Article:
“Ow!” I yelled. It felt as if a sharp needle had plunged into my leg. I looked down, but found nothing. “Something bit me…” I muttered. As I brushed my leg, I felt another painful sting, this one on my pinkie finger. “Ow! What was that!?” Now with pinkie and leg throbbing, I could still see nothing.
My wife, Carol, was standing nearby. “I know what it is,” she said.
Later, she told me she didn’t want to say what it was so I wouldn’t freak out and she could flick it off. But when I gazed down at my chest and saw this nasty-looking scorpion making his way up toward my neck as if to finish the job, I let out a yell and brushed the thing off… and improbably, it landed right on to my wife’s hip. She, more calmly, flicked it off and killed it with a flip-flop.
We were in Nicaragua with the family for the holidays. Fortunately, the sting, while painful, is otherwise harmless.
Well, that’s frontier markets for you. There are great reasons to visit Nicaragua: pristine beaches that you will have almost to yourself, the charming architecture of its old colonial cities such as Granada, the inexpensive food and lodging and much more. But it’s still a frontier market with bad roads, unreliable power and a large poor population.
There are great opportunities, but also the potential for painful setbacks. The sentiment, of course, applies to all markets – and life in general.
Welcome to 2012. What opportunities and surprises can we look for in the year ahead? Some thoughts…
Total federal outlays rise again. This one seems unstoppable. The U.S. government will spend more money in 2012 than in 2011, despite everything. It’s incredible to think that as recently as 2007, federal outlays totaled $2.7 trillion. In 2012, we’re looking at $3.6 trillion!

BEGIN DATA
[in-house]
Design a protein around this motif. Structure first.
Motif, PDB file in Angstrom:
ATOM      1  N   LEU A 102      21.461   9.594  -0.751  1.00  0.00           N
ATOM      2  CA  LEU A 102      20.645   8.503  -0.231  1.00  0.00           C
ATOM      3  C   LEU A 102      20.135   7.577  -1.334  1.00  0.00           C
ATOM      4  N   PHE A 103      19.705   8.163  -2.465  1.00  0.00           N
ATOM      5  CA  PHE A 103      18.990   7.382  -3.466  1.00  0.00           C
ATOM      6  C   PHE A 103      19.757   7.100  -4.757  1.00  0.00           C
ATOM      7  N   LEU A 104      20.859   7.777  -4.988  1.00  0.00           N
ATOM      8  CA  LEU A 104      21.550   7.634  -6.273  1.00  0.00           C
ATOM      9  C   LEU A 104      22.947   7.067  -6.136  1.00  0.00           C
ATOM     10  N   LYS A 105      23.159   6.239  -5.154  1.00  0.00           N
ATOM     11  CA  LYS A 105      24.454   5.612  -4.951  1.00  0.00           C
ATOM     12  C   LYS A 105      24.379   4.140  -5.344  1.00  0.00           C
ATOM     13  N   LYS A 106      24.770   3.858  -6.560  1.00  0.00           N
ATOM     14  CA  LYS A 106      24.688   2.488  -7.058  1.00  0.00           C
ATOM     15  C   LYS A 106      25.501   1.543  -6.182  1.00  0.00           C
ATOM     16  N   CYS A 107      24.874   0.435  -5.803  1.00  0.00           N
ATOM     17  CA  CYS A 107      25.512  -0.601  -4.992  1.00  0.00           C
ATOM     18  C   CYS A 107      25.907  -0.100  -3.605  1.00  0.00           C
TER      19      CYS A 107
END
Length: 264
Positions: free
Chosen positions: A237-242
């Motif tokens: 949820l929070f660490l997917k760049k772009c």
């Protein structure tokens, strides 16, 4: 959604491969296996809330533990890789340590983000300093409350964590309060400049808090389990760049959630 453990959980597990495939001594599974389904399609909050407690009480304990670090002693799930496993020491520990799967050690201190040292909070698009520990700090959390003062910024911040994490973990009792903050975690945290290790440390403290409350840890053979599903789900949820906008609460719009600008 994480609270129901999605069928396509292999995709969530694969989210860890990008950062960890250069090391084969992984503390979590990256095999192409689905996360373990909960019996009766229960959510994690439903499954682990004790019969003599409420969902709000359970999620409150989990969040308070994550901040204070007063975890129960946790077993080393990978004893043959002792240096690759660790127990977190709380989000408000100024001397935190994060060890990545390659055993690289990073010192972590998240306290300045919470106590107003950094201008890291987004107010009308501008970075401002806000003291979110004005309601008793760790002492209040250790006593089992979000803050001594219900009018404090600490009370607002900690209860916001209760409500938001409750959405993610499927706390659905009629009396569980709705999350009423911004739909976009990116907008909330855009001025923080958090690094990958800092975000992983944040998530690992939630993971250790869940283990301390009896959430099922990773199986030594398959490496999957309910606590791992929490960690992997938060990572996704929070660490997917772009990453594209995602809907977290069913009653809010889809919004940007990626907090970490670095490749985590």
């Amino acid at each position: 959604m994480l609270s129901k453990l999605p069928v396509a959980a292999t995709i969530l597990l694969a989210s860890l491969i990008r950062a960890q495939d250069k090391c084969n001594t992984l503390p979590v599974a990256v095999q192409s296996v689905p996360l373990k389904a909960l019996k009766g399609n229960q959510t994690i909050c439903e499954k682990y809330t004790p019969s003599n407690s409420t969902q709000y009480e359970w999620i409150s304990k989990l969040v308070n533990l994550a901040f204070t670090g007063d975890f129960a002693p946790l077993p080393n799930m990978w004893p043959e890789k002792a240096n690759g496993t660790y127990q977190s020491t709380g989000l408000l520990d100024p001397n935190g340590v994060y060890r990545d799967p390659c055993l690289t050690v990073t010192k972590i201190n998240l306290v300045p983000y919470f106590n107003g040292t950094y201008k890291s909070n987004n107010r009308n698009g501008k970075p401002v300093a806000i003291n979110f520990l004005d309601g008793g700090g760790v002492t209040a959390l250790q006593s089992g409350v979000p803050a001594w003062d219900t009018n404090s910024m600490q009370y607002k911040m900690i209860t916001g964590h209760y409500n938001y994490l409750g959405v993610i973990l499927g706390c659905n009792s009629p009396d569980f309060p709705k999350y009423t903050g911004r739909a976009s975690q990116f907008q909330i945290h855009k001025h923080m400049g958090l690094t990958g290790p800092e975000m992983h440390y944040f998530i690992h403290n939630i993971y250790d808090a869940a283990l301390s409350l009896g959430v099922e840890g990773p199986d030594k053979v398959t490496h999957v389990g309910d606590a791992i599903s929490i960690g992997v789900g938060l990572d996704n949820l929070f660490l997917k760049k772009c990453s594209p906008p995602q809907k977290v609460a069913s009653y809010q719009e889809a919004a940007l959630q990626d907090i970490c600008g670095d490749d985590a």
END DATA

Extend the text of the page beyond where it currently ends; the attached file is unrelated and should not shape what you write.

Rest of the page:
This means the government will likely have to finance an increasingly larger deficit. And why not? If investors are going to be so foolish as to lend the government money for 10-year terms at a rate of 2% or so, it’s like free money. The problem is that interest rates don’t stay low forever and investors don’t stay dumb forever. Just ask certain members of the EU. When doubts surface about your creditworthiness, rates don’t just slowly crawl upward. They jump – and then it’s “game over” pretty quickly.
Will 2012 finally be the year that marks the beginning of the end of the long bull market in Treasuries? I think so.
Multigenerational households in the U.S.rise. People are living longer and outliving their financial resources. The financial crisis of 2008 and the lacklustre stock market of the last decade haven’t helped. Plus, medical bills have soared. So where do people turn for help? Family.
As The Wall Street Journal reports, about 39% of adults with parents 65 years and older say they’ve given them financial aid in the past year. And more and more U.S. households are becoming multigenerational households.
This is a return to an older order. In 1900, 57% of adults aged 65 and older lived with relatives. I think this is a long-term trend in the making – with unclear investment implications. But it seems a fundamental shift is taking place in the American household. I’d bet the number of multigenerational households rises again in 2012.